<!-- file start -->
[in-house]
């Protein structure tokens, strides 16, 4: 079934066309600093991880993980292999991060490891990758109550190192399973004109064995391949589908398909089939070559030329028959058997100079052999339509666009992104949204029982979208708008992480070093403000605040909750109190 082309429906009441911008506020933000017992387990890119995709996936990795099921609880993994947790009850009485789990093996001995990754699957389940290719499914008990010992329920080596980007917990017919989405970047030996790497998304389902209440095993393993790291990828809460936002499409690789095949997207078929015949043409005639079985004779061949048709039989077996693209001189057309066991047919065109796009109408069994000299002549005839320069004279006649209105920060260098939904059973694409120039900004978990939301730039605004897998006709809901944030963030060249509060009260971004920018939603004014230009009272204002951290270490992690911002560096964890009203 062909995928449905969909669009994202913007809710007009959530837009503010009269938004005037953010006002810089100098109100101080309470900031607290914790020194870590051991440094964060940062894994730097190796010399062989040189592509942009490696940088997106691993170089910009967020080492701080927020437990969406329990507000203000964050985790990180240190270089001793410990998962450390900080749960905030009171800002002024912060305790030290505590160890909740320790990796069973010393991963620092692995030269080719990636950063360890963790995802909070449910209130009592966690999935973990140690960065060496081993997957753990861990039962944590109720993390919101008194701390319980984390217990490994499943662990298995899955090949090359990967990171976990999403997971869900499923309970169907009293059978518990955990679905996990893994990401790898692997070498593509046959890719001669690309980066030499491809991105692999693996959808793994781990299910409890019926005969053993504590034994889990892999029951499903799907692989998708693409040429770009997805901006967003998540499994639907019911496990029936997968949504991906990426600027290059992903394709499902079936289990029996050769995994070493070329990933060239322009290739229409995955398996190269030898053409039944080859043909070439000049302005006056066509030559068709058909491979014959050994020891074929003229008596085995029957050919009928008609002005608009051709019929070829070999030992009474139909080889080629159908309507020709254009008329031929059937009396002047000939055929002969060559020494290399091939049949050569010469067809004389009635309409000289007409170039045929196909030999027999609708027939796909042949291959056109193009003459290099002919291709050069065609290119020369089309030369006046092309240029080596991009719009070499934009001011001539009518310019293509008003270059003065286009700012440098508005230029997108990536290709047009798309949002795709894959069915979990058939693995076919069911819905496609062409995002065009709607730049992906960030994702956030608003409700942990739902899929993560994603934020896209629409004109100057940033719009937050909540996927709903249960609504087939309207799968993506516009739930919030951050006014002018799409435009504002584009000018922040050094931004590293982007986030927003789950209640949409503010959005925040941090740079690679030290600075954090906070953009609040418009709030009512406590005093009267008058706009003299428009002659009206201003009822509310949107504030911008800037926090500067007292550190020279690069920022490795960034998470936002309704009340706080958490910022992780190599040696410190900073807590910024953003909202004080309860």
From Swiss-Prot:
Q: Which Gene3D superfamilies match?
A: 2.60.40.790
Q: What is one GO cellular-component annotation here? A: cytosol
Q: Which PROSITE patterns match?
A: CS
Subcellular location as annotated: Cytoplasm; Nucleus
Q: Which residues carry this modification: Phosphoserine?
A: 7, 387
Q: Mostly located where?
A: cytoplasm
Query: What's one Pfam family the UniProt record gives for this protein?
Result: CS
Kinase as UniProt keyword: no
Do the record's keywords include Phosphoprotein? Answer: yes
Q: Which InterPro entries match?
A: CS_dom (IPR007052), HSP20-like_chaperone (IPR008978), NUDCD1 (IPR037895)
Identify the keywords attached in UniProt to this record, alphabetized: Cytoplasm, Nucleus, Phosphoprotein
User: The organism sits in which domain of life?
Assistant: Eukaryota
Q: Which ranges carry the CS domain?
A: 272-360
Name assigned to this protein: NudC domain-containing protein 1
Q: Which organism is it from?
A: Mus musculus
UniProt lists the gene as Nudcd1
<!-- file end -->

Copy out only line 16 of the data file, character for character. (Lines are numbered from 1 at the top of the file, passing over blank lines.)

Kinase as UniProt keyword: no